Data::Transpose::Validator - Filter and validate data.


  use Data::Transpose::Validator;
  my $dtv = Data::Transpose::Validator->new();
  $dtv->prepare(email => {validator => 'EmailValid',
                          required => 1},
                password => {validator => 'PasswordPolicy',
                             required => 1}
  my $form = {
              email => "aklasdfasdf",
              password => "1234"
  my $clean = $dtv->transpose($form);
  if ($clean) {
      # the validator says it's valid, and the hashref $clean is validated
      # $clean is the validated hash
  } else {
      my $errors = $dtv->errors; # arrayref with the errors
      # old data
      my $invalid_but_filtered = $dtv->transposed_data; # hashref with the data


This module provides an interface to validate and filter hashrefs, usually (but not necessarily) from HTML forms.



The constructor. It accepts a hash as argument, with options:

stripwhite: strip leading and trailing whitespace from strings (default: true)

collapse_whitespace: collapse all the consecutive whitespace characters into a single space. This basically will do a s/\s+/ /gs against the value, so will remove all newlines and tabs as well. Default is false.

requireall: require all the fields of the schema (default: false)

unknown: what to do if other fields, not present in the schema, are passed.

    fail: The transposing routine will die with a message stating the unknown fields

    pass: The routine will accept them and return them in the validated hash

    skip: The routine will ignore them and not return them in the validated hash. This is the default.

missing: what to do if an optional field is missing

    pass: do nothing, don't add to the returning hash the missing keys. This is the default.

    undefine: add the key with the undef value

    empty: set it to the empty string;

option($option, [ $value ]);

Accessor to the options set. With an optional argument, set that option.

  $dtv->option("requireall"); # get 
  $dtv->option(requireall => 1); # set

This is another way to say $dtv->requireall(1);

option_for_field($option, $field)

Accessor to get the option for this particular field. First it looks into the fields options, then into the global ones, returning the first defined value.

  $dtv->option(email => "stripwhite");


Accessor to get the list of the options

  # -> requireall, stripwhite, unknown

prepare(%hash) or prepare([ {}, {}, ... ])

prepare takes a hash and pass the key/value pairs to field. This method can accept an hash or an array reference. When an arrayref is passed, the output of the errors will keep the provided sorting (this is the only difference).

You can call prepare as many times you want before the transposing. Fields are added or replaced, but you could end up with messy errors if you provide duplicates, so please just don't do it (but feel free to add the fields at different time as long you don't overwrite them.

To prevent bad configuration, as of version 0.0005 overwriting an existing field raises an exception.

                  { name => "country" ,
                    required => 1,
                   name => "country2",
                   validator => 'String'},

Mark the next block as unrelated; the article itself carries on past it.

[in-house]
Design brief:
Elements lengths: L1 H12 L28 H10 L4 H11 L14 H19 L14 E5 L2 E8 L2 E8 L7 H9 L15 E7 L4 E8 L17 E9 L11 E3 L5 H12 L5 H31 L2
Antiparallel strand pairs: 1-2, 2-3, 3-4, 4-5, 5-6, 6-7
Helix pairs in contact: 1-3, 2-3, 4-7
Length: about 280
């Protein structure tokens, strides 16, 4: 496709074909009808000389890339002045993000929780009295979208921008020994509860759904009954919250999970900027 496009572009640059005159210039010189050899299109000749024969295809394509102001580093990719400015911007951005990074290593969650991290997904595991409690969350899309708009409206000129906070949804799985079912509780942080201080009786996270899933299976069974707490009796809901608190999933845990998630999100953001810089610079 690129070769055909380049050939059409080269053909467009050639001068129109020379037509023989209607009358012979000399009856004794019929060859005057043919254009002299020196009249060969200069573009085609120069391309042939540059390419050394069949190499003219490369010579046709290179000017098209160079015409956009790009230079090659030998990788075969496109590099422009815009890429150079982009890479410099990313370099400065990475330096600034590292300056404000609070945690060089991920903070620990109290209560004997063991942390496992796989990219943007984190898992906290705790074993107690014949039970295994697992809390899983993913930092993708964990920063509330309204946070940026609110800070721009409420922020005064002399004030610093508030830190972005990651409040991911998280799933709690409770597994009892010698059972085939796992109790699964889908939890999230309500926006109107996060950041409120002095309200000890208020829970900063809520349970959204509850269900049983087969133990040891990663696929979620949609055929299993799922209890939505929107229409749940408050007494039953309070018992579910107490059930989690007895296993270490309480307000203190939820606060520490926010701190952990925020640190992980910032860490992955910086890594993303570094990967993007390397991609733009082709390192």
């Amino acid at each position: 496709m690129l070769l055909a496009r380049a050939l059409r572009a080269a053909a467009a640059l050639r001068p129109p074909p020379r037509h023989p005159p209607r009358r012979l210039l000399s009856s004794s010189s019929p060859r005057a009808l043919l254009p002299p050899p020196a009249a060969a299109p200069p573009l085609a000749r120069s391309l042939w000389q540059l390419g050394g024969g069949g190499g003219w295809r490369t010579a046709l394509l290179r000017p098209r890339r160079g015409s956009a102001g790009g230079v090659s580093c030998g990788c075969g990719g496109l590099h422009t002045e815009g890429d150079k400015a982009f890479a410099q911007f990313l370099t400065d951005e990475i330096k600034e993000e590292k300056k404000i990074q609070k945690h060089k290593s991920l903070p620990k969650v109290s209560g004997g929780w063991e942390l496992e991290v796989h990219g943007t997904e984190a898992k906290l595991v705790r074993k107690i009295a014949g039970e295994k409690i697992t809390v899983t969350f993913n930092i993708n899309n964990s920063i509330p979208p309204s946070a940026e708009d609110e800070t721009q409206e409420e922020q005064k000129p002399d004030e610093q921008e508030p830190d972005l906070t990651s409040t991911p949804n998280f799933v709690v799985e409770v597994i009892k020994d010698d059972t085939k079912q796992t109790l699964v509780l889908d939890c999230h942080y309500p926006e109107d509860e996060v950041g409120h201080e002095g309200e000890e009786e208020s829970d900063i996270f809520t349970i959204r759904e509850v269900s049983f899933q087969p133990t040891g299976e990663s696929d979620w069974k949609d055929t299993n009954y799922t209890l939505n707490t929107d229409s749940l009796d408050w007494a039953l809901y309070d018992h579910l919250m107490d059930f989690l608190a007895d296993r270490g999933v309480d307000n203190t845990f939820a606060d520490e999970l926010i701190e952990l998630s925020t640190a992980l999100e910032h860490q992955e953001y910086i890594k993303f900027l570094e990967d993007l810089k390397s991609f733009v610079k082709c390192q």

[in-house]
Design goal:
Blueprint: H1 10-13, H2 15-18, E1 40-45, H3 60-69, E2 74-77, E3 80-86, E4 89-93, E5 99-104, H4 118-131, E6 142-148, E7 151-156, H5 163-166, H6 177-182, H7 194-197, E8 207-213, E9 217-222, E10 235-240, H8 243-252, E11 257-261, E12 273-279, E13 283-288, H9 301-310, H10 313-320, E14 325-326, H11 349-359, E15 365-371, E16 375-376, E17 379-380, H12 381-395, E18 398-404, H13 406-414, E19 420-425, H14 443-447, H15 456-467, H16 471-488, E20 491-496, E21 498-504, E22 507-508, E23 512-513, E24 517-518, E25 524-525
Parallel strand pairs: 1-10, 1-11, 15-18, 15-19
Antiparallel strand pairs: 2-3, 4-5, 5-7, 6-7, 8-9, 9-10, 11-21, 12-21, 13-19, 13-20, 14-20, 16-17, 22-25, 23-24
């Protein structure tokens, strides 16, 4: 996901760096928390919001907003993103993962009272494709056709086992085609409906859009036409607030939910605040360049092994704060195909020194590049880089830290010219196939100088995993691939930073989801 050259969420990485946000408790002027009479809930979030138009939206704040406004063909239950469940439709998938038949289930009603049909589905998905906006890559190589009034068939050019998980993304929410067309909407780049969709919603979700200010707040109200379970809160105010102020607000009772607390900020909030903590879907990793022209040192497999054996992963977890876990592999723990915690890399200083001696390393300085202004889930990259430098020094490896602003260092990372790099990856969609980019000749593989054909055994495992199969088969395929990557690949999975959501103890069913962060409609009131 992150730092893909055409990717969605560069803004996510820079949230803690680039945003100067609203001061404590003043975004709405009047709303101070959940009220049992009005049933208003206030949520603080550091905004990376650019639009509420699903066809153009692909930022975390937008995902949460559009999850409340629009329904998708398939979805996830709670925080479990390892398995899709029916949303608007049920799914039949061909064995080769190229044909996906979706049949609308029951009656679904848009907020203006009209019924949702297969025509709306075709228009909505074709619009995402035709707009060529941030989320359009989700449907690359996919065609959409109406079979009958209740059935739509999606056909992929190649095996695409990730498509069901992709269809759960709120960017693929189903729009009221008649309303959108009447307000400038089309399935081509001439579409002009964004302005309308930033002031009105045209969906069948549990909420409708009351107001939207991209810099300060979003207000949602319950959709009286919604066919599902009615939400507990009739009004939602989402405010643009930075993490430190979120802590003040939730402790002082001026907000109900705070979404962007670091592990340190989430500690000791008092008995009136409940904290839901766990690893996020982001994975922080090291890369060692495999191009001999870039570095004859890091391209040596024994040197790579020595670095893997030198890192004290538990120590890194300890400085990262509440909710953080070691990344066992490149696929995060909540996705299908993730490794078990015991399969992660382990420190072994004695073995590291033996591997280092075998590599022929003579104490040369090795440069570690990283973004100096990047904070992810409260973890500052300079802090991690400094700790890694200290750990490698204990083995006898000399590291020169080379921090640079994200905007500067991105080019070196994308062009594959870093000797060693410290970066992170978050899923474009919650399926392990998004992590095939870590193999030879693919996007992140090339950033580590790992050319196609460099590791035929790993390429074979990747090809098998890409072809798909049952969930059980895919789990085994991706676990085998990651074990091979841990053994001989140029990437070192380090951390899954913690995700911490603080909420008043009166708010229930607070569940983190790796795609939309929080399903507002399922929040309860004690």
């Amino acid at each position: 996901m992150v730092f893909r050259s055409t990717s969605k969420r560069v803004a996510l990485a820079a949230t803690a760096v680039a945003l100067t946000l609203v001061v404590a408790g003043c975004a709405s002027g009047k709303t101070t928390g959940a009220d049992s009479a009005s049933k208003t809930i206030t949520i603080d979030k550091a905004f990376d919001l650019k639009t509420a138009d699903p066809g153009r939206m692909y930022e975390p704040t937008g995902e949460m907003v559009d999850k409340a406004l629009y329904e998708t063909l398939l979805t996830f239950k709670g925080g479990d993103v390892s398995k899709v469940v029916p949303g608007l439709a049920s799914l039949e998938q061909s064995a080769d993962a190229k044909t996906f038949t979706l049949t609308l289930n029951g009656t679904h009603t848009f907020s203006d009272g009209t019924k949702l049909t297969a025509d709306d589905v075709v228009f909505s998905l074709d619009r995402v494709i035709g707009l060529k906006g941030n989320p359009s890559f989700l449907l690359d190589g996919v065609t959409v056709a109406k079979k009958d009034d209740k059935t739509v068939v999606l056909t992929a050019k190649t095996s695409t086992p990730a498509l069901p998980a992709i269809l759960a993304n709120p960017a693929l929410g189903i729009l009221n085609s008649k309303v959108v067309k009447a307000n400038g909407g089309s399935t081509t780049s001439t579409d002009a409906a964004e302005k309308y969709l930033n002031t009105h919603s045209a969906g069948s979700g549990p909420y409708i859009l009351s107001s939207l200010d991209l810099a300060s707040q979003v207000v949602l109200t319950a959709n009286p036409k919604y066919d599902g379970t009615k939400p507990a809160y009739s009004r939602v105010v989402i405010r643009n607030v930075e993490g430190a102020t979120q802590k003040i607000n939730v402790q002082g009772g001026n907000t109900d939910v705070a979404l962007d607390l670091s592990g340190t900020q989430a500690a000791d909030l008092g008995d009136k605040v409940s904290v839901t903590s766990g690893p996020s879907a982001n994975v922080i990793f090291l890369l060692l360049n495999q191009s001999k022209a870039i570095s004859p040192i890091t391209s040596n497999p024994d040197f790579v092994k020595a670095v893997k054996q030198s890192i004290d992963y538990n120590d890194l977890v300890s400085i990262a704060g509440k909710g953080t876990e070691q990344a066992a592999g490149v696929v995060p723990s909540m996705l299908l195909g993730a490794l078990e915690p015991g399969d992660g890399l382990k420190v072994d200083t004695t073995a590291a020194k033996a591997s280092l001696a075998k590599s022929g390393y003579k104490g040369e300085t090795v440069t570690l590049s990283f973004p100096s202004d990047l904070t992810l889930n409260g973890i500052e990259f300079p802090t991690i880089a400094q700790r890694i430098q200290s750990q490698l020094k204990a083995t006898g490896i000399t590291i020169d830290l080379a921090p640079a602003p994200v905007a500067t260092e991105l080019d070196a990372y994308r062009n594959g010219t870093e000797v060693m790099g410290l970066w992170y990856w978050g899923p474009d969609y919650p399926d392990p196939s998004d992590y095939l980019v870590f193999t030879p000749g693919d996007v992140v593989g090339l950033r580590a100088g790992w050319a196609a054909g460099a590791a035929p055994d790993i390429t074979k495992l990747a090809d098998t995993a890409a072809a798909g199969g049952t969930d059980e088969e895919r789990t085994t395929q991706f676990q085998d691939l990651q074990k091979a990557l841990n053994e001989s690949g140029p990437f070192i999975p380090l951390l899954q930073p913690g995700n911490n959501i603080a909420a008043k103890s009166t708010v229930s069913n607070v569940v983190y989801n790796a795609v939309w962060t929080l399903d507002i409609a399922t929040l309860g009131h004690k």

name => "email",
                   validator => "EmailValid"


                country => {
                            required => 1,
                country2 => {
                             validator => "String"
  ## other code here

               email => {
                         validator => "EmailValid"

The validator value can be an string, a hashref or a coderef.

When a string is passed, the class which will be loaded will be prefixed by Data::Transpose::Validator:: and initialized without arguments.

If a coderef is passed as value of validator, a new object Data::Transpose::Validator::Subrefs is created, with the coderef as validator.

If a hashref is passed as value of validator, it must contains the key class and optionally options as an hashref. As with the string, the class will be prefixed by Data::Transpose::Validator::, unless you pass the absolute key set to a true value.

          email => {
              validator => "EmailValid",
          # ditto
          email2 => {
               validator => {
                       class => "EmailValid",
          # tritto
          email3 => {
               validator => {
                       class => "Data::Transpose::Validator::EmailValid",
                       absolute => 1,

          # something more elaborate
          password => {
                 validator => {
                       class => PasswordPolicy,
                       options => {
                             minlength => 10,
                             maxlength => 50,
                             disabled => {
                                    username => 1,


You can set the groups either calling group (see below) or with prepare, using the validator Group with fields.

Using an arrayref:

                   name => 'password',
                   required => 1,
                   name => 'confirm_password',
                   required => 1,
                   name => 'passwords',
                   validator => 'Group',
                   fields => [
                              qw/password confirm_password/,
                   equal => 1,

Or using an hash

  $dtv->prepare(password => { required => 1 },
                confirm_password => { required => 1 },
                passwords_matching => {
                                       validator => 'Group',
                                       fields => [ "password", "confirm_password" ]